Ik hou e
Kick-ass prose. Thoreausian perspective with Brit speak and a fair dose of eccentricity. Fueling my fire for roaming the wild places.
This book has been a journey. I've been reading it for years. Snatches, short chapters at a time. Looking up most of the places he explored, which took a good deal of time but added tremendously to the experience of the book. His writing is pure description written in as beatiful prose as you will find anywhere. I half regretted not using those little passage markers for my favorite descriptive spots, but realized the book would have been so full of them that it would have been fairly useless. M ...more
Essentially this book is a travelogue in which the author explores various parts of the UK that he considers to be "wild". The book is split into chapters, each one depicting a different type of locale - beach, mountain summit, forest, etc.

I'm not really au fait with the travelogue genre so I didn't know what to expect with this one, but I found it to be a charming read. MacFarlane has a genuine warmth and enthusiasm for his subject matter that readily transfers to the reader so that they're cau
There is a yearning in Robert Macfarlane, one that we've all experienced to one extent or another: to breathe in the air that's hanging above the most obscure corners of the world; to climb a tree and become part of the scene as it pulses and heaves with life. The wonderful thing about Macfarlane is that he doesn't travel to the farthest corners to do it: he attempts to discover the rich and wild life beating under his nose, and this book is an account of his travels around the British Isles, th ...more
A beautiful book, recounting the author’s journeys through some of Britain’s wild places, sometimes alone, and sometimes accompanied by one or two close friends who share his love of the wild. The language of the book is spell-binding, taking the reader on a parallel journey, weaving science and literature, knowledge and wonder. .

“From the bottom of the hill, I could hear the noise of the trees with the wind; a marine roar that grew in volume as I approached. Looking up at the swaying wood, I re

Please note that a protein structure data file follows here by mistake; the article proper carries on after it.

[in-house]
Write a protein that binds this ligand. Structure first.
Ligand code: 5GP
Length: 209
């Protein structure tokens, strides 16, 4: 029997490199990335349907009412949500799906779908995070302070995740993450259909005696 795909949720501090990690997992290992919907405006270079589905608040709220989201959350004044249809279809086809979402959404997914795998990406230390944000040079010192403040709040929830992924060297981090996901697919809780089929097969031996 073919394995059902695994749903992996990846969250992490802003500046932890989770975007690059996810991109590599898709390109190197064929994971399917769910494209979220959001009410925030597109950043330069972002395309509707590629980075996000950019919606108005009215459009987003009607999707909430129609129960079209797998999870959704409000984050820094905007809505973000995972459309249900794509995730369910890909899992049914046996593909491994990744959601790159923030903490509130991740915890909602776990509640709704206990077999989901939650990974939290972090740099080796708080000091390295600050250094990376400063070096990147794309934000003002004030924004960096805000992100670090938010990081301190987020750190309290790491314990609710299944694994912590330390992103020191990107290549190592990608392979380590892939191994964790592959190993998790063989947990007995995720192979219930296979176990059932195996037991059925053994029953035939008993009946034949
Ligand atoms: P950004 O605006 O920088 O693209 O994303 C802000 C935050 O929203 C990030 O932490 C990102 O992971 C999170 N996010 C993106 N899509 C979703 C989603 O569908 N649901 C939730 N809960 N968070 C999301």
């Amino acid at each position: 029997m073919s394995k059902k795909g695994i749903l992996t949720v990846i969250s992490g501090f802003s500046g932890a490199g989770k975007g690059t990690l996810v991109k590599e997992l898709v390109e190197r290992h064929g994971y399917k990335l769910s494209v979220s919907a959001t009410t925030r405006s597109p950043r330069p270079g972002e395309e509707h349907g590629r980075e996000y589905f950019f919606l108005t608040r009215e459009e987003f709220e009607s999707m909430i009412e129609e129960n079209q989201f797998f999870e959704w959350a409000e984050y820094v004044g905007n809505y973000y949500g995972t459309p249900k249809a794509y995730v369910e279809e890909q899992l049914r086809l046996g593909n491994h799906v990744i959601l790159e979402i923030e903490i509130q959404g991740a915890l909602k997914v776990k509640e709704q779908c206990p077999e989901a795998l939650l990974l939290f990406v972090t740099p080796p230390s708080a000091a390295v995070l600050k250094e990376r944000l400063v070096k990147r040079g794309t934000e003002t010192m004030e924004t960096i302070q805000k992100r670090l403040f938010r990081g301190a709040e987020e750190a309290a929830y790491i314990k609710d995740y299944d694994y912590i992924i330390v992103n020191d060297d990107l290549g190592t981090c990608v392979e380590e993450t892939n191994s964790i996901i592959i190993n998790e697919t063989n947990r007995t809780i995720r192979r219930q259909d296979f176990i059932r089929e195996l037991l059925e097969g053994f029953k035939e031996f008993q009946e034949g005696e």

Paul Stevenson
Another excellent and inspirational book by Robert Macfarlane. Wading out to a tiny island to spend the night - what a great idea. This is just one of the author's many interesting adventures (one of the tamer ones) as he journeys - 'in an arc much like the hare' - around the UK exploring what the term wild place really means. I really like the way Macfarlane weaves a narrative, packed with facts and personal accounts, never superfluous. Beautiful.
"These were the markers, I realised of a process that was continuously at work throughout these island, and presumably throughout the world: the drawing of happiness from landscapes both large and small. Happiness, and the emotions that go by the collective nouns of 'happiness': hope, joy, wonder, grace, tranquillity, and others. Every day millions of people found themselves deepened and and dignified by their encounters with particular places" (236).

Full of set the book down and think moments l
Jeff Van Campen
I originally purchased The Wild Places a year and a half ago as a Kindle Daily Deal. I started reading it during my commute on a whim after I'd finished another book and was looking for something else to read. It quickly became clear that this was a book I'd need to read as a physical book.

Robert Macfarlane is an extraordinary writer. He manages to write very lyrical prose without going over the top. He writes take-your-breath-away sentences that enhance, rather than detract from, his more stra
Juliet Wilson
In this book Robert MacFarlane takes us on a tour of the British Isles looking for our remaining wild places. He starts by seeking out wildnerness, remote areas of wild weather and (relatively) untouched nature, camping on ice and mountain peaks.

He soon comes to realise though that wild places aren't just wilderness, but those areas where nature reclaims the land from humans: